Civic Life is a moving image project, initiated and developed by UK based Irish artists Joe Lawlor and Christine Molloy (desperate optimists). The aim of the series of six films is to explore a set of ideas developed collaboratively with local community groups and residents, shot in single takes on 35mm cinemascope.
The first Civic Life film, Who Killed Brown Owl, won Best UK Short Film at the 2004 Edinburgh International Festival. Filmed over the course of one afternoon, a volunteer cast of almost 100 residents of the London Borough of Enfield recreated a perfect English arcadia which gives way to varying kinds of misfortune, disruption and violence.
Civic Life: Moore Street, shot on Dublin’s famous market street, featured members of the local African community and follows the thoughts of a young woman as she considers her future in her newly adopted home. Screened in UGC as part of the About Time season, Civic Life: Moore Street was selected to represent Ireland at the 26th Sao Paulo Bienal and was co-produced by desperate optimists, the Cultural Relations Committee at the Department of Arts, Sports and Tourism, and Project Arts Centre in partnership with British Council Ireland.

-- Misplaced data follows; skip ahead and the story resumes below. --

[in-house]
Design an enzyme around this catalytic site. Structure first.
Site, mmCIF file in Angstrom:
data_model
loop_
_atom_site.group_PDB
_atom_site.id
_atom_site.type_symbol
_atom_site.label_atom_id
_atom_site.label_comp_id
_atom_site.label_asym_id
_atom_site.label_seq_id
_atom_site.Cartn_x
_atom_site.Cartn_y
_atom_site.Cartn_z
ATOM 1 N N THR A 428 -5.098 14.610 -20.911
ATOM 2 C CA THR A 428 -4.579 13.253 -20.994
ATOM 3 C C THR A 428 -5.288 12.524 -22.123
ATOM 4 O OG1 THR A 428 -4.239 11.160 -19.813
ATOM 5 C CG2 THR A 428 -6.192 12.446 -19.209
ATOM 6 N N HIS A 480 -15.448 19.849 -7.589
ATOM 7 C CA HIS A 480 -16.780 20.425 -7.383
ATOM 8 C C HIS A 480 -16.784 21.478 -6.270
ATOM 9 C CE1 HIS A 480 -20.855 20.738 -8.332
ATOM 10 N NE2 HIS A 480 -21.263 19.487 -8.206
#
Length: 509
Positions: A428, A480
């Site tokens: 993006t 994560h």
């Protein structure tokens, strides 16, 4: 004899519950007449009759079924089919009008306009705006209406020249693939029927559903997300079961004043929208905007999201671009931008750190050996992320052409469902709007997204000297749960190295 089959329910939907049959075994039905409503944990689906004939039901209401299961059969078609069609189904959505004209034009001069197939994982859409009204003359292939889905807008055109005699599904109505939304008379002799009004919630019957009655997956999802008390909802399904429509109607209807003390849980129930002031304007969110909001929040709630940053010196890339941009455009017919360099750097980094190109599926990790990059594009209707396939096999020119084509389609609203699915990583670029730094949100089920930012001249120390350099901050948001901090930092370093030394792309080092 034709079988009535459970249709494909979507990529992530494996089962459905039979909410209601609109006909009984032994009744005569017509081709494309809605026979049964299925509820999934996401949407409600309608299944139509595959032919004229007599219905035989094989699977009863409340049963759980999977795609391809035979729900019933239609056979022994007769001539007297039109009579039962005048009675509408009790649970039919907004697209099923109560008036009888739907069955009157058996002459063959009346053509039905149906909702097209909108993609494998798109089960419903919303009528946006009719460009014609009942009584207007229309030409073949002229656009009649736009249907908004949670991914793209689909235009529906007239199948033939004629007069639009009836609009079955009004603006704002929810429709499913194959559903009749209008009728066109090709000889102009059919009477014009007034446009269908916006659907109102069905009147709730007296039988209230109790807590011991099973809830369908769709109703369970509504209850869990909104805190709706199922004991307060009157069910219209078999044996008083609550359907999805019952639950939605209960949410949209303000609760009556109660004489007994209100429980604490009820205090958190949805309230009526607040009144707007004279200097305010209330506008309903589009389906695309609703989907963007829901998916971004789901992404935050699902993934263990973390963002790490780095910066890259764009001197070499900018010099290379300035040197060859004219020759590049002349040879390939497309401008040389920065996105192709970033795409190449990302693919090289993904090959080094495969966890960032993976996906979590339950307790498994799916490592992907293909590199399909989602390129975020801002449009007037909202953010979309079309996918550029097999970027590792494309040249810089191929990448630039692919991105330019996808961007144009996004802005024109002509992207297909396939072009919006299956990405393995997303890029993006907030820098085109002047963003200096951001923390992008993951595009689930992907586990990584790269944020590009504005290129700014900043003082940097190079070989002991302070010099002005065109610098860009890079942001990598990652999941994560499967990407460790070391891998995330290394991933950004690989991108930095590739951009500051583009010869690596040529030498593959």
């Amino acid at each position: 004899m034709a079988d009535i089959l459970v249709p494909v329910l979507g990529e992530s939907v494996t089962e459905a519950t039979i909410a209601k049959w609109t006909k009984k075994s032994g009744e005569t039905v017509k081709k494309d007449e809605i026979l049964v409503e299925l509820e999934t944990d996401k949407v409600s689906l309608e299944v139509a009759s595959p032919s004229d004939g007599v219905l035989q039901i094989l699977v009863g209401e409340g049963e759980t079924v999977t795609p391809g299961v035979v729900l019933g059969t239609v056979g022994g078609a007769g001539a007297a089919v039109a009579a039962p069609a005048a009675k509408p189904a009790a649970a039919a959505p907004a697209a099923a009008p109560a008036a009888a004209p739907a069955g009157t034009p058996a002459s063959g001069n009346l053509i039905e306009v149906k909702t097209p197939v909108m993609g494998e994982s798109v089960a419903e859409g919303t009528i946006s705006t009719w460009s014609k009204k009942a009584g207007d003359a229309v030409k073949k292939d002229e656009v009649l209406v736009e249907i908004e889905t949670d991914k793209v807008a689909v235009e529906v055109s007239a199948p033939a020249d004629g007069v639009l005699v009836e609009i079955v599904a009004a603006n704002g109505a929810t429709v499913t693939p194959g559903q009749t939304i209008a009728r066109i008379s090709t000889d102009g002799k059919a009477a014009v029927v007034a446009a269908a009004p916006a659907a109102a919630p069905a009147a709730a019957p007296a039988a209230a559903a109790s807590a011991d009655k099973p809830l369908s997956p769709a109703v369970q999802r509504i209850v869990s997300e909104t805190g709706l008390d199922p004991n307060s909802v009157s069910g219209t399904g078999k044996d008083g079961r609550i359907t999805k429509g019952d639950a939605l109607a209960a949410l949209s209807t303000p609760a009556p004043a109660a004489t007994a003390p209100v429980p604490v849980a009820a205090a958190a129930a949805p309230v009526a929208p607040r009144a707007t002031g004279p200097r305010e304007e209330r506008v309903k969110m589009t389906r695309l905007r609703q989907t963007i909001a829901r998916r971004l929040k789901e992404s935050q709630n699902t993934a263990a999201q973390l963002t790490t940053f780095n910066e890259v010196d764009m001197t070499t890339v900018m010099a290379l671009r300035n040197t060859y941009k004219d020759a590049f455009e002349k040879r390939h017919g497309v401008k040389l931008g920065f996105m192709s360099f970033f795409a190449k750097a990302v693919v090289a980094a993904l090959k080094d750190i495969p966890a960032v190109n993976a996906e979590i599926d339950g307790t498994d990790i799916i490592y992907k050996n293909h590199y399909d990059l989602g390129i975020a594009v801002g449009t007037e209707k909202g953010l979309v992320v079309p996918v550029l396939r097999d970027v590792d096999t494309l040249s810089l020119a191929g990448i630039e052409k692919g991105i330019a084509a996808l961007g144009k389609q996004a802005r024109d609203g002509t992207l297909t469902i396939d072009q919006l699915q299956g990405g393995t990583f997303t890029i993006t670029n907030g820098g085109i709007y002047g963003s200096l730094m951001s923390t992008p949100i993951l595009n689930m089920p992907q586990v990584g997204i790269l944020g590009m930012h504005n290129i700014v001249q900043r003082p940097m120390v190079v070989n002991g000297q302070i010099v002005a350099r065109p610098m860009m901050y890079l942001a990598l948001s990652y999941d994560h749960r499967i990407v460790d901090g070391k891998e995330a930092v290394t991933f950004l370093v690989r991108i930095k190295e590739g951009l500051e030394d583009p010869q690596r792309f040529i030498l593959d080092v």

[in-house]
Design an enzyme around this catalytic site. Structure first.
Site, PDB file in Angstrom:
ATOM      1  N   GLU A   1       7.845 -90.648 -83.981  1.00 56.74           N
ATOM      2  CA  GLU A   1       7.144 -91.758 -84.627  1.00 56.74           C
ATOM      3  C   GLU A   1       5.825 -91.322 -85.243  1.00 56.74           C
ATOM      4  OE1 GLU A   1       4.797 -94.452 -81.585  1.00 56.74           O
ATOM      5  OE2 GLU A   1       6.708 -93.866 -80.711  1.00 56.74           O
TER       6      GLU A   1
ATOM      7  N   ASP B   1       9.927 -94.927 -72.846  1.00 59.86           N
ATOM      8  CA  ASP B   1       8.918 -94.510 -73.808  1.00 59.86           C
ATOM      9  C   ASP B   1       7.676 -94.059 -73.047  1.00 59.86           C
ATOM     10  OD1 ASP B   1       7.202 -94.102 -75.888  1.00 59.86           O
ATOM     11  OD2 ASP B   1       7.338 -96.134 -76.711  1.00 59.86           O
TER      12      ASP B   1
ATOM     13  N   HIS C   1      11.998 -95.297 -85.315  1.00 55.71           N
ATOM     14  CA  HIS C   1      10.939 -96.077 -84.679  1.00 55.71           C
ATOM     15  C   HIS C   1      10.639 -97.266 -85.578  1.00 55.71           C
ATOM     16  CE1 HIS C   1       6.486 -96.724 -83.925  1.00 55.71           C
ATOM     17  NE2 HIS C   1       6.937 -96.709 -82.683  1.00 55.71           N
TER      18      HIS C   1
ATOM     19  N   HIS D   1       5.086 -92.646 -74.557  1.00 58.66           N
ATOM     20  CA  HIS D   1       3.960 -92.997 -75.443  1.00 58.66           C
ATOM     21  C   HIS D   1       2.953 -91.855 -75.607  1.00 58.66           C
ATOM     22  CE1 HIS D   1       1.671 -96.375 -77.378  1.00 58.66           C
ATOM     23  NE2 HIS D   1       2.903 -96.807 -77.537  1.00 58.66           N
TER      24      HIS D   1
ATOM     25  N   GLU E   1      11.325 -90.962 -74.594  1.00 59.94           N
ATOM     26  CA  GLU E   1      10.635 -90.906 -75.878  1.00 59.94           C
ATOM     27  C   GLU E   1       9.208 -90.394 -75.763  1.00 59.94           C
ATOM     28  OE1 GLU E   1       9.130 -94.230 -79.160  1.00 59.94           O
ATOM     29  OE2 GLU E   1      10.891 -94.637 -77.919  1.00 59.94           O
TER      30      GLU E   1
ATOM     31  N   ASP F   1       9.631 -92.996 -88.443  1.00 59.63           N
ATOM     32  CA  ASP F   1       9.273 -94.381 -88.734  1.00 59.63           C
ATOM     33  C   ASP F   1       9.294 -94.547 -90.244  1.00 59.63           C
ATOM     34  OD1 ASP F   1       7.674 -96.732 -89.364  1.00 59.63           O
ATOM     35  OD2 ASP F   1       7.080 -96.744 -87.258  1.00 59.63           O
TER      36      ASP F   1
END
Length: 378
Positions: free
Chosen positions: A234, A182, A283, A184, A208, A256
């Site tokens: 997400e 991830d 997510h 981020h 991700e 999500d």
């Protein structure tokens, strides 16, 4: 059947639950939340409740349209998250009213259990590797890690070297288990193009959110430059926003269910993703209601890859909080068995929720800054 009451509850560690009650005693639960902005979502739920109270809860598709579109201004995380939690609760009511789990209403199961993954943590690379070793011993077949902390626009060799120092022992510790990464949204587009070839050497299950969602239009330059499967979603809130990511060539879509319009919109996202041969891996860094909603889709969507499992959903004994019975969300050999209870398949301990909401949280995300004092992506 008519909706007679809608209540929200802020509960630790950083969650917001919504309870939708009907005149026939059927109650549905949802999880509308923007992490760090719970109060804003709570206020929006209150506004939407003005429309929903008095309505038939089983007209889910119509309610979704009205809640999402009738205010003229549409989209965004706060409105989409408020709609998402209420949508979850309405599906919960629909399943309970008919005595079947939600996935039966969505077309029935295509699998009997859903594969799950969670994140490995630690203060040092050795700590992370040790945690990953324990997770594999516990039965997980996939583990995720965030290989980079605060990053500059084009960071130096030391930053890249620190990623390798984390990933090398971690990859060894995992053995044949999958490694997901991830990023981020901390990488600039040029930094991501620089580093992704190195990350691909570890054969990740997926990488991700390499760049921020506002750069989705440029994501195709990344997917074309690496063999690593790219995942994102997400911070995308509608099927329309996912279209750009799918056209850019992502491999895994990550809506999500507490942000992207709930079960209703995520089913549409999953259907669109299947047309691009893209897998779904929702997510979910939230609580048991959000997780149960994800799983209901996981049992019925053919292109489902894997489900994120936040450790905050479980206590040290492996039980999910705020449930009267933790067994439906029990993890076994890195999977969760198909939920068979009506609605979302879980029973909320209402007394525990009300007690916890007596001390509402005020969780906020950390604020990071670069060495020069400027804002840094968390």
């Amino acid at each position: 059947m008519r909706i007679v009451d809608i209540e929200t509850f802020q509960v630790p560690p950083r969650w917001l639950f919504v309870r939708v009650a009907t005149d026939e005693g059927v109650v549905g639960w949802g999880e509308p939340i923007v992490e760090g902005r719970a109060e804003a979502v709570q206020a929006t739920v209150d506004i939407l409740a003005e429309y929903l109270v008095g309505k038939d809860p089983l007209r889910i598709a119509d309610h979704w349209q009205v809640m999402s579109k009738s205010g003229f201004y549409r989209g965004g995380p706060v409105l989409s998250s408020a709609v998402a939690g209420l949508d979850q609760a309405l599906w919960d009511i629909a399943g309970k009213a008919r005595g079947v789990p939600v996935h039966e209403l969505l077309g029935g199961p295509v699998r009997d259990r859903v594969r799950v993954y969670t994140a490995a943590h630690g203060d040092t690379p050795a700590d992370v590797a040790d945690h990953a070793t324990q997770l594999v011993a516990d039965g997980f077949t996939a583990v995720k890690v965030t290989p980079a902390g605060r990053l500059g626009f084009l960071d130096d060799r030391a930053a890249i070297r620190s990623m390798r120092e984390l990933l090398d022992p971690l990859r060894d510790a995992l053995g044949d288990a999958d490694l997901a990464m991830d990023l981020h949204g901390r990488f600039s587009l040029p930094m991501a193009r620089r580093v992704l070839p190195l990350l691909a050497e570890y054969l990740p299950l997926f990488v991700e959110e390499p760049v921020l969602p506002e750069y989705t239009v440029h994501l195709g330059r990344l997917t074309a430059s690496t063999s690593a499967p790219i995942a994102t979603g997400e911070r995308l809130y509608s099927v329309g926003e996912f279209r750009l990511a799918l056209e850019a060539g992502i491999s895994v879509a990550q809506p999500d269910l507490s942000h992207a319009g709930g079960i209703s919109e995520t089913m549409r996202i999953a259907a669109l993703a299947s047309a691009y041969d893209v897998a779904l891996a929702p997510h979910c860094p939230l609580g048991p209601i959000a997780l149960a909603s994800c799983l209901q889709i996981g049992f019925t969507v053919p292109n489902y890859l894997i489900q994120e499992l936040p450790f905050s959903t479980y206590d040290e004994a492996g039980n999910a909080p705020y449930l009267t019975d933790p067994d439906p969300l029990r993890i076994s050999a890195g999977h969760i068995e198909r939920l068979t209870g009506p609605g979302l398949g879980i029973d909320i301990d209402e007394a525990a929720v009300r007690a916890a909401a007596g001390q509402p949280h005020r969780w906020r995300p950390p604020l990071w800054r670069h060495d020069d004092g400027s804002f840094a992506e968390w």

Screened as part of the Hayward Gallery’s ‘Eyes, Lies and Illusions’ exhibition and at the Curzon Cinema, Soho, Revolution, the third film in the series, involved a cast of 91 people from Lambeth and was shot at the YMCA on Stockwell Road. It tracks the activities at a very peculiar fundraising event where all is not quite what it seems.
Twilight is the fourth film in the series, featuring five older residents of Tyneside, and shot on a boat on the river against the spectacular backdrop of the seven Tyne Bridges.
A young couple’s visit to the local town hall, where they hope to have their wedding, is the location for Town Hall, the fifth of the series, shot in West Bromwich with a cast of over 200 local residents.
The last in the single-take series, Civic Life: Ballymun is the...